ALBANY — A poll released Wednesday found that public opinion has flipped to opposing a constitutional convention after public worker unions spent more than $1 million on promotions against it.
Voters will decide whether to hold a convention Nov. 7.
Fifty-seven percent of voters oppose a constitutional convention compared with 25 percent who supported it, according to the Siena College Research Institute poll. In October, 44 percent of voters supported a convention and 39 percent opposed it.
The poll, however, also found that voters strongly support issues that have long been blocked in the State Legislature, but which could be enacted in a constitutional convention of delegates elected statewide. The poll found 84 percent of voters support term limits for legislators; 79 percent term limits for the governor and other statewide officials; 77 percent oppose the loophole in campaign finance law that allows corporations to contribute almost limitless amounts of money to politicians; and 65 percent said lawmakers shouldn’t be allowed to have outside jobs, which have led to some of Albany’s biggest corruption cases.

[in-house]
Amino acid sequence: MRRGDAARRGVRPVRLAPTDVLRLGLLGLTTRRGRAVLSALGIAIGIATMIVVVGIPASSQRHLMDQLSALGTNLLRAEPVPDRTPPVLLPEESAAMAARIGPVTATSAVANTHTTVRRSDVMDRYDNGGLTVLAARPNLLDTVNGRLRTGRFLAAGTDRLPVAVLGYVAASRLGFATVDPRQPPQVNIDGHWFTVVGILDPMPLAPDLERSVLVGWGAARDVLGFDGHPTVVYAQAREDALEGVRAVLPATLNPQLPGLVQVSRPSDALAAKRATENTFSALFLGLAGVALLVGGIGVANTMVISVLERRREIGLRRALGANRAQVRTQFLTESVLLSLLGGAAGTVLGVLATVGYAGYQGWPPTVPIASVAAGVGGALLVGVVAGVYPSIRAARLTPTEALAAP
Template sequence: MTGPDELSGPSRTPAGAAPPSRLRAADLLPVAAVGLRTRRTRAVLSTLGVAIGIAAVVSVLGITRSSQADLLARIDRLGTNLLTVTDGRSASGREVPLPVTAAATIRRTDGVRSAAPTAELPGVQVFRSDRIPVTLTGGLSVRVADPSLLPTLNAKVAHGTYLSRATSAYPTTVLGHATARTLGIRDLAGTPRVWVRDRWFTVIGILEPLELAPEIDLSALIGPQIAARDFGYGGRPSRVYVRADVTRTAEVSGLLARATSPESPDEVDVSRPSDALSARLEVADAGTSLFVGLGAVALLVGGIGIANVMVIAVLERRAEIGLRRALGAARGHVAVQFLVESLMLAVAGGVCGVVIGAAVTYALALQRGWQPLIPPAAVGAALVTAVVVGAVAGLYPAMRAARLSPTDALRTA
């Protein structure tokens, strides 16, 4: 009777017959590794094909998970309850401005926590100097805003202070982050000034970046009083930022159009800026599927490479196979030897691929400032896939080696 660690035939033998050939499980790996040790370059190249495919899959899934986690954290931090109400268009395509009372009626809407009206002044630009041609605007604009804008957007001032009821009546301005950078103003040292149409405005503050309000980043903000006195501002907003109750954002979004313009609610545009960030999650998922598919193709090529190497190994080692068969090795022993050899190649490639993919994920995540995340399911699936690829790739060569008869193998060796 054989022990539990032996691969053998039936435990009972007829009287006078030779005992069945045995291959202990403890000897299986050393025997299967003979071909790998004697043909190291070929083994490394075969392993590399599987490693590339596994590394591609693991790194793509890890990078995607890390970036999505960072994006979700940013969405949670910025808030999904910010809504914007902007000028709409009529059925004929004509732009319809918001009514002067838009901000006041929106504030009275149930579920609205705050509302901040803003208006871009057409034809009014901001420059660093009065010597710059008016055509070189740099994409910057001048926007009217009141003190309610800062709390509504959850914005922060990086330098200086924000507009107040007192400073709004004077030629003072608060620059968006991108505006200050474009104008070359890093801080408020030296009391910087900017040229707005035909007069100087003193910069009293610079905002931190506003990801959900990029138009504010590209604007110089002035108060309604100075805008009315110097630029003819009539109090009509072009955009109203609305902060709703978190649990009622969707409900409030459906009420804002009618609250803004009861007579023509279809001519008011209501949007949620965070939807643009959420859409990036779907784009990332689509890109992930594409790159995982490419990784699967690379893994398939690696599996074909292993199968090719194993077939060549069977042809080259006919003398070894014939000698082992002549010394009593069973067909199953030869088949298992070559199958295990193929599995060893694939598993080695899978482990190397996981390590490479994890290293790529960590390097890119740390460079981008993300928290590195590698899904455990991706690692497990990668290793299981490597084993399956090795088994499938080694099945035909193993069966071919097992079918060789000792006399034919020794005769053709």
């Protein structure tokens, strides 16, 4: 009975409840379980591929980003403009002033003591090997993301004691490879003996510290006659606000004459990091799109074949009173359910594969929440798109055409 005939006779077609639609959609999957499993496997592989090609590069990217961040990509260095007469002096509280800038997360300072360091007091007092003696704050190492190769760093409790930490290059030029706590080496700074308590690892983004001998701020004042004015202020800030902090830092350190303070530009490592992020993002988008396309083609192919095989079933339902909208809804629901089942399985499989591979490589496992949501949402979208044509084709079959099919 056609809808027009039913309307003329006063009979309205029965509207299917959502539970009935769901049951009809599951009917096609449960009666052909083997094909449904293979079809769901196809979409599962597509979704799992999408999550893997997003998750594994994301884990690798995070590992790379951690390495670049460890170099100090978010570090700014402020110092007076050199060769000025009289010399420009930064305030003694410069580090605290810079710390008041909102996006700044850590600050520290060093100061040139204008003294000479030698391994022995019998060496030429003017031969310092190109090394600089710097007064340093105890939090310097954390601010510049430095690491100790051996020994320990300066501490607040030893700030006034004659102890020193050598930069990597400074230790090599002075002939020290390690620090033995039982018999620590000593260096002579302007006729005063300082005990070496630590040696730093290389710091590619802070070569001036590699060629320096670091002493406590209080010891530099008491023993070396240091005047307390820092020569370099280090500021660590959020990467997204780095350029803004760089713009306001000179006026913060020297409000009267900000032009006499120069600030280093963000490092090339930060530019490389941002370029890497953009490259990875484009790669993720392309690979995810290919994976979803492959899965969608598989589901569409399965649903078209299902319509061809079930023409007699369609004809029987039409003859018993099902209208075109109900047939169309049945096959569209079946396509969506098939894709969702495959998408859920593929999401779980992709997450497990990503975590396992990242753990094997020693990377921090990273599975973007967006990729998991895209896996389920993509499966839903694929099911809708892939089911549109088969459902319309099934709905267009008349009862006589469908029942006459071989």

However, there is no guarantee the agenda of a convention would include these measures. That agenda would be set by the elected delegates. Opponents of a convention fear a convention could erode or eliminate collective bargaining rights, the protections against development in forest preserves in the Adirondacks and Catskills, and other issues.
Any recommendations from the convention would need voter approval in separate referenda.
The constitution requires that voters get a chance every 20 years to authorize a convention to overhaul how state government operates, spends and borrows.
The poll questioned 814 likely New York voters from Oct. 25 through Sunday. It has a margin of error of plus or minus 3.4 percentage points.
New Yorkers Against Corruption, a public workers union-backed group. spent $1.1 million in the last three weeks to promote a “no” vote and still has $1.2 million left to spend after six-figure donations from public worker unions, state records show. Donations included $500,000 from the New York State United Teachers union and $350,000 from the American Federation of State, County and Municipal Employees union.
The two leading groups led by good-government advocates that are pushing to hold a constitutional convention are the New York People’s Convention and the Committee for a Constitutional Convention. They reported far less spending in the Board of Elections reports.
The New York People’s Convention raised $85,361 since the last state financial filing on Oct. 11. The group $30,613 left, records showed.
The Committee for a Constitutional Convention has $12,404 after spending $42,051 since Oct. 11. It collected $28,666 in contributions during that time.